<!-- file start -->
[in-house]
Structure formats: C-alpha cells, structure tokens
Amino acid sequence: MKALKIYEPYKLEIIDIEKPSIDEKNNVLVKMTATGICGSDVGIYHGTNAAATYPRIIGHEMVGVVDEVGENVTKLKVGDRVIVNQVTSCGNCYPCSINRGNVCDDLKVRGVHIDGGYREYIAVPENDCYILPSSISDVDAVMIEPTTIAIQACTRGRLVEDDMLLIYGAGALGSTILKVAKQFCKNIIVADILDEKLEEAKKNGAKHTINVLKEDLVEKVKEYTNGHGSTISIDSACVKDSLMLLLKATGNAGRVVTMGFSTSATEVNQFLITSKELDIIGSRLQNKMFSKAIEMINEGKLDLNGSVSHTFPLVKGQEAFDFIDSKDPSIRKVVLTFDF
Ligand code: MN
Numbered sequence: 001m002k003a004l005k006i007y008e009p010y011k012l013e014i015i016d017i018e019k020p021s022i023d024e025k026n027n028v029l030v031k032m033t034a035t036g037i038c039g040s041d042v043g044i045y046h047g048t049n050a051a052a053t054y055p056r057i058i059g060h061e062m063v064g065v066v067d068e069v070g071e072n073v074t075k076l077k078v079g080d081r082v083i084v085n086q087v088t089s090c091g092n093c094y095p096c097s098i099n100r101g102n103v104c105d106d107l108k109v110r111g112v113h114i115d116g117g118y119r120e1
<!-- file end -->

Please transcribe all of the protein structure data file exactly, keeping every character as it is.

[in-house]
Structure formats: C-alpha cells, structure tokens
Amino acid sequence: MKALKIYEPYKLEIIDIEKPSIDEKNNVLVKMTATGICGSDVGIYHGTNAAATYPRIIGHEMVGVVDEVGENVTKLKVGDRVIVNQVTSCGNCYPCSINRGNVCDDLKVRGVHIDGGYREYIAVPENDCYILPSSISDVDAVMIEPTTIAIQACTRGRLVEDDMLLIYGAGALGSTILKVAKQFCKNIIVADILDEKLEEAKKNGAKHTINVLKEDLVEKVKEYTNGHGSTISIDSACVKDSLMLLLKATGNAGRVVTMGFSTSATEVNQFLITSKELDIIGSRLQNKMFSKAIEMINEGKLDLNGSVSHTFPLVKGQEAFDFIDSKDPSIRKVVLTFDF
Ligand code: MN
Numbered sequence: 001m002k003a004l005k006i007y008e009p010y011k012l013e014i015i016d017i018e019k020p021s022i023d024e025k026n027n028v029l030v031k032m033t034a035t036g037i038c039g040s041d042v043g044i045y046h047g048t049n050a051a052a053t054y055p056r057i058i059g060h061e062m063v064g065v066v067d068e069v070g071e072n073v074t075k076l077k078v079g080d081r082v083i084v085n086q087v088t089s090c091g092n093c094y095p096c097s098i099n100r101g102n103v104c105d106d107l108k109v110r111g112v113h114i115d116g117g118y119r120e1